Ans: Travelers and Traders had introduced new crops through their travels. It was popularly believed that noodles traveled from China and became Spaghetti. Arabs also introduced pasta to Sicily, an island in Italy.
9. What is NIEO?
Ans: G-77 or the 77 developing countries demanded a new International Economic Order (NIEO) so as to gain complete control over their nation's resources, raw materials, & any other manufactured goods in the marketplace.
10. Which crop grown in India was exported by the British to China?
Ans: Opium was widely grown in India & exported to China by the Britishers. The money earned through this export was used to finance importing the tea and other goods from China.
The Silk Route
Vedantu’s Class 10 History Chapter 4 notes begin with the mention of the Silk Routes that connected many countries. The Chinese cargos sailed through these routes to sell silk to the traders and people of other countries. It is obvious that the same route is used for the movement of other goods like Chinese pottery or Indian spices. Not only the products but even the ideology, spirituality and skills travelled through the same route.
Food Too Saw New Places
Just like with the movement of people to new places, cultures and customs reached various new regions. Food too travelled many places. The traders, priests or invaders brought with them the crops of their land to the places they went. The History Class 10 Chapter 3 notes even mention that ready to eat food such as noodles travelled to other parts of the world.
Land up for Grabs
As the transportation system improved, the desire of the people to find new places increased manifold. People also looked for more buyers to sell their products. Before the Nineteenth century, the Indian Ocean acted as an important sea route. The Indian subcontinent used this route for trade.
After Christopher Columbus discovered America in 1492, Spain and Portugal took the same route with colonisation in mind. This was not just limited to the region of today's United States. Other North American regions like Mexico and South American regions like Peru got the attention of these conquerors.
The Portuguese brought with them diseases that were unknown in the region of America till then. So, they did not have to wield guns or fight with swords to kill the natives, the diseases did most of the dirty work! Before the Nineteenth century, the European cities were not so well to do while the Asian countries like India or China were quite wealthy.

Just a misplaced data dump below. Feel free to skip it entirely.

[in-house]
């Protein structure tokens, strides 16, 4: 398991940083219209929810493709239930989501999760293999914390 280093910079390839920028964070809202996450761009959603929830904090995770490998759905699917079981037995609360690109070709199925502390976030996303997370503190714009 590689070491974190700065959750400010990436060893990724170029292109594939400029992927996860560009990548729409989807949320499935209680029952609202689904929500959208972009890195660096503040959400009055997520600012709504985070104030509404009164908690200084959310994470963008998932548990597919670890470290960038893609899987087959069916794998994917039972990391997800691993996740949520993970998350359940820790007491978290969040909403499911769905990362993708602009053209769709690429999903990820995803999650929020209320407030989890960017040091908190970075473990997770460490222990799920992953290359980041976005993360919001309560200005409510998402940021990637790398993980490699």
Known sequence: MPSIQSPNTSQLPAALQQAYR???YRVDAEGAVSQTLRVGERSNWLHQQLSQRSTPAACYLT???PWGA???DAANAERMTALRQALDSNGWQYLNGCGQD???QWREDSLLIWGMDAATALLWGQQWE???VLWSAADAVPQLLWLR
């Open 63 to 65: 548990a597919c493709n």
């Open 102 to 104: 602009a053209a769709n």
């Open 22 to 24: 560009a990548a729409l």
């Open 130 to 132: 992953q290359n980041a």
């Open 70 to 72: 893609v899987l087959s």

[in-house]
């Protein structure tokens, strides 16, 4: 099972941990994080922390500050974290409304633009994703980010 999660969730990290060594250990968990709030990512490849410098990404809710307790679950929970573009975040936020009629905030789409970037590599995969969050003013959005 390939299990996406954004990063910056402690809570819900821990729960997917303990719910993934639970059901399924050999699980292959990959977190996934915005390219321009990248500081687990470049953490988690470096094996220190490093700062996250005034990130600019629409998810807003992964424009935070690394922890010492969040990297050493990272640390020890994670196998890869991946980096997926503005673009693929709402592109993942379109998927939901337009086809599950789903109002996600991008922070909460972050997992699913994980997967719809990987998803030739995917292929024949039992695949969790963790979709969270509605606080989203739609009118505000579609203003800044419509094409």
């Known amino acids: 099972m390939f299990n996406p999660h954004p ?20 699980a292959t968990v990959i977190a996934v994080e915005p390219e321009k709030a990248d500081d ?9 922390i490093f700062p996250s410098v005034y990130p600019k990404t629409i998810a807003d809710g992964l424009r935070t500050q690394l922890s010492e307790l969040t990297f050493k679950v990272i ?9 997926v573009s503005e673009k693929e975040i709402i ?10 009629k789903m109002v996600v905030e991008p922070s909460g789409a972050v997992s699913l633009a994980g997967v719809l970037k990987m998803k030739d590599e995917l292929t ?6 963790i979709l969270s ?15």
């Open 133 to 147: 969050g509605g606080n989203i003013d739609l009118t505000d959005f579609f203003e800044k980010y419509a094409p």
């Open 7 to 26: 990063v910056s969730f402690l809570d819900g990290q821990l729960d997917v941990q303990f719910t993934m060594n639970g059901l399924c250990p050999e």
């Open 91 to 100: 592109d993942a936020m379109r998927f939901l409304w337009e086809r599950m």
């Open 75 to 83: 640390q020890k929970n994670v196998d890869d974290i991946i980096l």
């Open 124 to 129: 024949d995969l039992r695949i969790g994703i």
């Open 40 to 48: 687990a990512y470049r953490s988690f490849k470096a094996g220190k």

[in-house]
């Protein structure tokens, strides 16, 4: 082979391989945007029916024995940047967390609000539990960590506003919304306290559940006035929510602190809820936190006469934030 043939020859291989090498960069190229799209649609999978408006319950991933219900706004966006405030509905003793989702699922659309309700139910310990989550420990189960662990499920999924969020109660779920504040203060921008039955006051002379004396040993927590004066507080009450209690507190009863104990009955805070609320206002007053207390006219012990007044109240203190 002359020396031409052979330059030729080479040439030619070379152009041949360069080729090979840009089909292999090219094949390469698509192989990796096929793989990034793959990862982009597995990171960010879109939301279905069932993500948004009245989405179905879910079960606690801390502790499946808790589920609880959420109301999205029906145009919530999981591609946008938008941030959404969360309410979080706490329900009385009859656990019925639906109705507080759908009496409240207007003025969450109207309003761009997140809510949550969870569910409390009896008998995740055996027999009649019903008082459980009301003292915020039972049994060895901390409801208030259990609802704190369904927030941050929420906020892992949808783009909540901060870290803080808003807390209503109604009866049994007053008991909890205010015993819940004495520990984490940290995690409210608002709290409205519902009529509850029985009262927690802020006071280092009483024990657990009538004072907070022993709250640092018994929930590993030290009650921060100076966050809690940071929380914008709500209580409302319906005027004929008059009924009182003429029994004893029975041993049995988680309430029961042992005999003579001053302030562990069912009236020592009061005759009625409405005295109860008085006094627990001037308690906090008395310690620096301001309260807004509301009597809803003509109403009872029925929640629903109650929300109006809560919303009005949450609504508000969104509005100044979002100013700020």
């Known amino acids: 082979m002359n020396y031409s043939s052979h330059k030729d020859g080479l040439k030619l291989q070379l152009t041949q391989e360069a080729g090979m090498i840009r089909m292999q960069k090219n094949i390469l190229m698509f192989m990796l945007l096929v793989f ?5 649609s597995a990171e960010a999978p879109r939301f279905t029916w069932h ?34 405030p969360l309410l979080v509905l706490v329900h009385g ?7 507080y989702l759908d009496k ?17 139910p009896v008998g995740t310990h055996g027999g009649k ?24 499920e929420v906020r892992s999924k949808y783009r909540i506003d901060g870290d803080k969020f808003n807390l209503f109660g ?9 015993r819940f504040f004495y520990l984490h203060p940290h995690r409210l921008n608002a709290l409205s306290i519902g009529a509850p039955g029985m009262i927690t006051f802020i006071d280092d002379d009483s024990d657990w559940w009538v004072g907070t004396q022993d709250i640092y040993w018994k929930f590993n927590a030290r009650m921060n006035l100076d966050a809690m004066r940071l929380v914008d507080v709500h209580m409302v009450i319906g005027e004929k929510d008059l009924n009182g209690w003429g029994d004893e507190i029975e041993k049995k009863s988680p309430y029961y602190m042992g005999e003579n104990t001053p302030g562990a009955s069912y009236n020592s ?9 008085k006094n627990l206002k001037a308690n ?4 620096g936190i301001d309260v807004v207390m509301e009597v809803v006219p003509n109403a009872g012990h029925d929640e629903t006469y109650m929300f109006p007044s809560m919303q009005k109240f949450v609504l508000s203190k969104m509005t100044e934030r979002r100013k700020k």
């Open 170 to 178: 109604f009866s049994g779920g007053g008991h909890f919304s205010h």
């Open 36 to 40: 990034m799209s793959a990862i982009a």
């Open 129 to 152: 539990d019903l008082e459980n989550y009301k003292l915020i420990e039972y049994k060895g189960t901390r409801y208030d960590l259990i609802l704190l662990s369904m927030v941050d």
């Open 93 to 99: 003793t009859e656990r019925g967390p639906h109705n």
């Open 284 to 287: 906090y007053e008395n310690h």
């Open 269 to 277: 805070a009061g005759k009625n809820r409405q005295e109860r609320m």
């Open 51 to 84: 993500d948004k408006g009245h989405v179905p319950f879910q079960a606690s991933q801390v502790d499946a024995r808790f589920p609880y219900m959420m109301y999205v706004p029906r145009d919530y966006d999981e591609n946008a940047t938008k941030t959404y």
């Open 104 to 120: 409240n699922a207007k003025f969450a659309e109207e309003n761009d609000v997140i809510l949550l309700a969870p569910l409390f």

The Nineteenth Century
From the Nineteenth century onwards, the pace of globalisation became faster. The Making of a Global World notes mention three types of flows in this regard:
More and more traders went too far off places in search of good markets.
People from poverty-stricken countries migrated to wealthy countries in search of work.
Even the capital (money) was transported to newer places and colonies with long term and short term goals in mind.
By this time, the industrialisation in Britain had grown a lot. People had money. They thronged into the cities to get work in the industries. This led to an increased demand for agricultural goods. The neighbouring countries like Russia, America, Australia and Eastern European countries met this demand.
So, by extension of these countries, the sources of food and building better infrastructure like railways or harbours was required. Thousands of labourers were needed for this. As a result, people migrated to these countries in search of work and a better future. History Chapter 3 Class 10 notes inform that almost 50 million people migrated from Europe to countries like America or Australia.